Chapter 8. Sensorineural hearing loss

Part 2. Challenges and limitations of implantable hearing devices (auditory implants) for sensorineural hearing loss  8.  Sensorineural hearing loss  8.1 Auditory implants for moderate to severe sensorineural hearing loss To rehabilitate sensorineural hearing loss, conventional air-conduction hearing aids are the first choice (e.g. behind-the-ear devices or BTEs; Figure 2.1, chapter 2). For patient with severe to profound hearing loss (>80-90 dB HL), such devices might no longer be effective Read more [...]

Appendices

Appendix 1 About the author: Ad Snik studied physics at the Eindhoven University of Technology and got his master degree in 1976. In 1982, he got the doctor’s degree from the same university. The title of his dissertation was ‘Visco-elastic properties of monomolecular layers”. He started to teach Physics and Electronics at a college for Bachelor students. In 1984, he entered a training to become a medical physicist and he was registered a few years later as medical physicist/ audiologist. Read more [...]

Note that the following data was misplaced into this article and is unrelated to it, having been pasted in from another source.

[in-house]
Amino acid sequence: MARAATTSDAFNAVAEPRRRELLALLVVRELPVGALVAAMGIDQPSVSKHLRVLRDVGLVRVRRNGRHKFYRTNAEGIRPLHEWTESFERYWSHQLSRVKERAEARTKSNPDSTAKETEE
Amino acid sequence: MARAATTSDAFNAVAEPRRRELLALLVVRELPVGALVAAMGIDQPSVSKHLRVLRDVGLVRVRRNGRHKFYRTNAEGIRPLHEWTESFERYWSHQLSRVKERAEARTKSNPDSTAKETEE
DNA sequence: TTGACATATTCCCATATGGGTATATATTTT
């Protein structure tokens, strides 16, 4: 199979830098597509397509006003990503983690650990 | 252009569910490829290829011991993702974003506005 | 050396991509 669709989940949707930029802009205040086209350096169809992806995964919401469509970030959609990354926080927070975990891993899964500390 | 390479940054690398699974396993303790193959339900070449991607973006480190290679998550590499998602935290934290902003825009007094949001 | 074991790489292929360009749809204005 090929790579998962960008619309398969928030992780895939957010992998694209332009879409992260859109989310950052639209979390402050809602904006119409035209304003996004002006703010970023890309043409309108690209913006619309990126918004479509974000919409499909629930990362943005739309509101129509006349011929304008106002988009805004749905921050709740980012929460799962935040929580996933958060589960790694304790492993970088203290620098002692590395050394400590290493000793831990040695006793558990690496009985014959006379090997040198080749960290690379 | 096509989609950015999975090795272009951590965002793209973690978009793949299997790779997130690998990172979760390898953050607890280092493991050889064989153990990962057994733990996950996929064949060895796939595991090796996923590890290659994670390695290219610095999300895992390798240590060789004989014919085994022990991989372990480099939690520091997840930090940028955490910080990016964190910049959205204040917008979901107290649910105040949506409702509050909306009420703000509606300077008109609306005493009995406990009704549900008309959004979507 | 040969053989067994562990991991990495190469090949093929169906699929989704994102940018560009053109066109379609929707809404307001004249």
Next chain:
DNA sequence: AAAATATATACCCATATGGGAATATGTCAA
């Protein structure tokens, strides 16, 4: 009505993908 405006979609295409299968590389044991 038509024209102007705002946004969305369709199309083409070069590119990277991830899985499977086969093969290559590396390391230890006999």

References and Abbreviations

References Aarnisalo AA, Vasama JP, Hopsu E, Ramsay H. Long-term hearing results after stapes surgery: a 20-year follow-up. Otol Neurotol. 2003;24:567-71. Agterberg MJ, Hol MK, Cremers CW, Mylanus EA, van Opstal J, Snik AF. Conductive hearing loss and bone conduction devices: restored binaural hearing? Adv Otorhinolaryngol. 2011;71:84-91 Agterberg MJ, Frenzel H, Wollenberg B, Somers T, Cremers CW, Snik AF. Amplification options in unilateral aural atresia: an active middle ear implant or a bone Read more [...]